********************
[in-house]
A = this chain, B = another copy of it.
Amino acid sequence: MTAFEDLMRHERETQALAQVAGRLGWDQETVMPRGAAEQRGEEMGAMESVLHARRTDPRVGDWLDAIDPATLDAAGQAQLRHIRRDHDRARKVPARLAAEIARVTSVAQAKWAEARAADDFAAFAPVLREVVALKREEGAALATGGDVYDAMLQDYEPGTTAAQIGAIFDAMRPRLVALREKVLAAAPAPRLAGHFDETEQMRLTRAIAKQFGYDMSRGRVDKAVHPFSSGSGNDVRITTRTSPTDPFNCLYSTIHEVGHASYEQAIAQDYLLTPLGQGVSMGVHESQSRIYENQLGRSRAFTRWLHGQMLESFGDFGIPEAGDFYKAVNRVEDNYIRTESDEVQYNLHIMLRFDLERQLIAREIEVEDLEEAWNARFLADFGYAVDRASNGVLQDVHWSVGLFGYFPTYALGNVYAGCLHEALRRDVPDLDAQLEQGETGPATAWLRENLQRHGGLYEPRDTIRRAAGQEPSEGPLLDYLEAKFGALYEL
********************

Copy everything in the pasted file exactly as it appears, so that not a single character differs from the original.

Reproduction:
[in-house]
A = this chain, B = another copy of it.
Amino acid sequence: MTAFEDLMRHERETQALAQVAGRLGWDQETVMPRGAAEQRGEEMGAMESVLHARRTDPRVGDWLDAIDPATLDAAGQAQLRHIRRDHDRARKVPARLAAEIARVTSVAQAKWAEARAADDFAAFAPVLREVVALKREEGAALATGGDVYDAMLQDYEPGTTAAQIGAIFDAMRPRLVALREKVLAAAPAPRLAGHFDETEQMRLTRAIAKQFGYDMSRGRVDKAVHPFSSGSGNDVRITTRTSPTDPFNCLYSTIHEVGHASYEQAIAQDYLLTPLGQGVSMGVHESQSRIYENQLGRSRAFTRWLHGQMLESFGDFGIPEAGDFYKAVNRVEDNYIRTESDEVQYNLHIMLRFDLERQLIAREIEVEDLEEAWNARFLADFGYAVDRASNGVLQDVHWSVGLFGYFPTYALGNVYAGCLHEALRRDVPDLDAQLEQGETGPATAWLRENLQRHGGLYEPRDTIRRAAGQEPSEGPLLDYLEAKFGALYEL